performed without the priesthood sealing power were not valid, even at
times sinful. Therefore, the link in the pre-existence would take
immediate priority over a marriage performed by invalid, secular or
"sectarian ," authority in this life. John D. Lee wrote that a
spiritual "affinity" took precedence over secular ceremonies. Perhaps
Joseph Smith also felt, as the Brigham Young statement suggests, that
men with higher priesthood had a greater aptitude for spiritual

According to an early, though antagonistic, eyewitness source, William
Hall, the doctrine of "kindred spirits" was found in Nauvoo polyandry.
According to this report, Smith taught that "all real marriages were
made in heaven before the birth of the parties," which coincides
neatly with Lightner. There is at least one early "friendly" reference
to the "kindred spirit" doctrine. In an 1845 patriarchal blessing,
William Smith said, "But the fullness of her salvation cannot be made
perfect until her companion is with her and those who are of his
Kingdom, for the kindred spirits are gathered up and are united in the
Celestial Kingdom of one."

Thus heavenly marriage in the pre-existence required earthly polyandry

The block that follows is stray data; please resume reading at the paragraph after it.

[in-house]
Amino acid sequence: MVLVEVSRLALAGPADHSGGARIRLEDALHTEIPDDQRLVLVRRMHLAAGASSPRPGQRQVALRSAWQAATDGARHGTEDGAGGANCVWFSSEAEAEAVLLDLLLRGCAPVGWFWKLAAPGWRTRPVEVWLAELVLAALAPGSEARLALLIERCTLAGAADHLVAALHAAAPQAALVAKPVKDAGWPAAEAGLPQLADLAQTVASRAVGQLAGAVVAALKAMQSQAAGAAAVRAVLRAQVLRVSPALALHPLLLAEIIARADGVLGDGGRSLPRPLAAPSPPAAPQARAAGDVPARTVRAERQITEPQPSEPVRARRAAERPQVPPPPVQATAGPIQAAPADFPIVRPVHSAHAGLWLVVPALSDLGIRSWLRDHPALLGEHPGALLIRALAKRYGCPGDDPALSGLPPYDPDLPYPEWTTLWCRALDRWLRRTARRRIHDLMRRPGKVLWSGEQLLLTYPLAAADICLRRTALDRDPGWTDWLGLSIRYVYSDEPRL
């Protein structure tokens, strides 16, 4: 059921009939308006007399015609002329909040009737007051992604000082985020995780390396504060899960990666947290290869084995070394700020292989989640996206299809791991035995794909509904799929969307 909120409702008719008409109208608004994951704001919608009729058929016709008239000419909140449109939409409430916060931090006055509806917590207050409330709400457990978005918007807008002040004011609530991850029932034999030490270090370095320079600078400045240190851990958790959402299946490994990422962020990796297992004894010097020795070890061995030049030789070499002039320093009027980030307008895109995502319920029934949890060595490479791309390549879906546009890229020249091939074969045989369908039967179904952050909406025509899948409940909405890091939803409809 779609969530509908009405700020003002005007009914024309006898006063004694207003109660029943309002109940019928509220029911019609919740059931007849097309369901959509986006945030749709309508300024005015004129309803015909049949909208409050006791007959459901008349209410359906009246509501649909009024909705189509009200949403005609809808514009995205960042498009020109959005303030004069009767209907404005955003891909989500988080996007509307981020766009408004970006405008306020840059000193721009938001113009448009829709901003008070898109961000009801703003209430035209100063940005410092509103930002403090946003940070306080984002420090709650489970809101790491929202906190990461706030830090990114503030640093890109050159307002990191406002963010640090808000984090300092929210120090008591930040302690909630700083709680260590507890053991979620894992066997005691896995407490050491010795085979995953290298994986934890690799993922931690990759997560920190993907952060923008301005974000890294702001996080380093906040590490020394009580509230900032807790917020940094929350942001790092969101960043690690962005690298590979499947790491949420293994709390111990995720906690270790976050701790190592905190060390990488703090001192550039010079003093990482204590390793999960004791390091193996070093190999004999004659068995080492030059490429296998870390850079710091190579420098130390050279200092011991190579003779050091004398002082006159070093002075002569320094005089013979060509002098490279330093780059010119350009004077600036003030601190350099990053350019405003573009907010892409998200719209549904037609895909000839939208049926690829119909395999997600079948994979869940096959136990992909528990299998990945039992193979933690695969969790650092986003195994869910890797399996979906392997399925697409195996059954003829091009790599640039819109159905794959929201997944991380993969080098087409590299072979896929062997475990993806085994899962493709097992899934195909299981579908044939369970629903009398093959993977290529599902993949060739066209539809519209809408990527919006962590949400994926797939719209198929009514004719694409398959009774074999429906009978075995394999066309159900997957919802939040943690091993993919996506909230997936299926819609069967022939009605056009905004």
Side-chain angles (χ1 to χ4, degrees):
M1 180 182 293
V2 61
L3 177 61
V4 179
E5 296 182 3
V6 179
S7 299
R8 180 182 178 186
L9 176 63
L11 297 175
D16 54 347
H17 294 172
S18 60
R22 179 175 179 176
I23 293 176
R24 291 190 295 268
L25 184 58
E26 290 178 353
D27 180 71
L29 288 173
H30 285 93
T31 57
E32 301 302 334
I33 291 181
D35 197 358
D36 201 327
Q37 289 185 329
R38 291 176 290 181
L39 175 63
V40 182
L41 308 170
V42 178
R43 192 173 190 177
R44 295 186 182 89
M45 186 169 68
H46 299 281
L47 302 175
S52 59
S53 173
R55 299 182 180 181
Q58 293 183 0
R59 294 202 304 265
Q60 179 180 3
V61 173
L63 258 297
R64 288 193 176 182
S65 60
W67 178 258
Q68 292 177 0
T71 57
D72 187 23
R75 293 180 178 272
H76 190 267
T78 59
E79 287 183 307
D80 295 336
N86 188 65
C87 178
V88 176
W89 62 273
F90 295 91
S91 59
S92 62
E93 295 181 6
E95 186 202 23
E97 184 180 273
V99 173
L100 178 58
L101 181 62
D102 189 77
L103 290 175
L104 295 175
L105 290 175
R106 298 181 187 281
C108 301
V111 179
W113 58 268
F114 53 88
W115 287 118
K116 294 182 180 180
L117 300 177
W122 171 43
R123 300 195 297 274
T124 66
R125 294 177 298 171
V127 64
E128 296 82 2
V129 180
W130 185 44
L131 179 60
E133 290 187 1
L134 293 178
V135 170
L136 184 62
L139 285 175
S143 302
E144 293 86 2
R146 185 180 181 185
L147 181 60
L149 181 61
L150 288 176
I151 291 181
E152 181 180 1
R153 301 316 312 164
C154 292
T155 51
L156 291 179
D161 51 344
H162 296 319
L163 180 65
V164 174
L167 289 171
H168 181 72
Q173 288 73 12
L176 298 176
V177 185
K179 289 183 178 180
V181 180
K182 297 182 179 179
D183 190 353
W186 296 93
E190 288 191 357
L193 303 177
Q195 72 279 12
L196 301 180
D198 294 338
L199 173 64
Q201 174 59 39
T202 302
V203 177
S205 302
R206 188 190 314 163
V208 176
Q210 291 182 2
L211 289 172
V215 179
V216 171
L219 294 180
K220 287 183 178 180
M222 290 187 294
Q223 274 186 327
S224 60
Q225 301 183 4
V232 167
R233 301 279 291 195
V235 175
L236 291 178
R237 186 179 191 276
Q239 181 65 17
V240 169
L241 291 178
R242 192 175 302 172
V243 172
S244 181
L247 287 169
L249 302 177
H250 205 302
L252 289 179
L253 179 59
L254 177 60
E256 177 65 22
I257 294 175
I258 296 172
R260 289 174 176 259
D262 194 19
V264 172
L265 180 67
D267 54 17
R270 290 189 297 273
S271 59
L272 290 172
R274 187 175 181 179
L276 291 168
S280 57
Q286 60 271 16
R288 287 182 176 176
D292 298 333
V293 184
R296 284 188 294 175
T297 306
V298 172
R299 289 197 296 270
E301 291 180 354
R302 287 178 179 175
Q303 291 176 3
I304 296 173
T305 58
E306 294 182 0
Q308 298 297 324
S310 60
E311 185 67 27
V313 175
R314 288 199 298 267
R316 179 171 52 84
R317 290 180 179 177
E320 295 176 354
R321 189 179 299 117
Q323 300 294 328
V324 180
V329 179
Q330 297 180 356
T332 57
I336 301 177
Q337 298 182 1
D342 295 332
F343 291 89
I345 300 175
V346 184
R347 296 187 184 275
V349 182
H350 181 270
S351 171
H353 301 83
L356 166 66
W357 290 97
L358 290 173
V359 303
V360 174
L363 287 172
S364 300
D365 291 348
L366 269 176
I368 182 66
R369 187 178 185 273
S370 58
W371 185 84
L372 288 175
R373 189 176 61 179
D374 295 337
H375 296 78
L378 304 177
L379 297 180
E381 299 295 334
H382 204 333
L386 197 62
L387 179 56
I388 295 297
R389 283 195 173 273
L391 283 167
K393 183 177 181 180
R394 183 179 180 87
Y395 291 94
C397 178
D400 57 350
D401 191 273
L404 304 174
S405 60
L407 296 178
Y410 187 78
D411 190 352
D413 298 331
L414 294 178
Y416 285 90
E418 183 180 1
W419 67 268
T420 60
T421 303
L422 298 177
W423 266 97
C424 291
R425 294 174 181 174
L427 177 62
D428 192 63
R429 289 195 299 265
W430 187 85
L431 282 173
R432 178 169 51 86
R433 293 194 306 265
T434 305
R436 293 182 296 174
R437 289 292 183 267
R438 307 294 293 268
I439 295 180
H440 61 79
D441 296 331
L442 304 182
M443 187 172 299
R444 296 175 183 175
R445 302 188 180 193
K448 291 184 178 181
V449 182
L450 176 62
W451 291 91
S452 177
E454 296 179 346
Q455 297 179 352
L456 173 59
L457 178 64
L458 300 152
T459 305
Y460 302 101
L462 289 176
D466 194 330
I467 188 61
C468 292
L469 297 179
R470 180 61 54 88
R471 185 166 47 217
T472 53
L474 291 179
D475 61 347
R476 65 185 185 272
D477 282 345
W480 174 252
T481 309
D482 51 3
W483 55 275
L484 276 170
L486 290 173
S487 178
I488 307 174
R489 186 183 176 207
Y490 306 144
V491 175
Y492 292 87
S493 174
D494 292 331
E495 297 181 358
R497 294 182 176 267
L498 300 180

here. Certain spirits were "kindred," matched in heaven, were born
into this life, and, because of unauthorized marriages performed
without priesthood sealing power, became linked "illegally" to the
wrong partners. But when the kindred spirits recognized each other,
the "illegal" marriages became of no effect from a religious, eternal
perspective and the "kindred" partners were free to marry each other
through the priesthood sealing power for eternity as well as for time.

Apparently, however, Joseph would allow the wife to continue living
with her first husband after such a marriage. There were not any
divorces as a result of his polyandrous marriages. But the first
husband probably recognized that he and the wife were married only
until death, while Smith was married to her for eternity as well as
for time. When eternal sealings were repeated in the Nauvoo temple in
late 1845 and early 1846, two "first husbands," George W. Harris and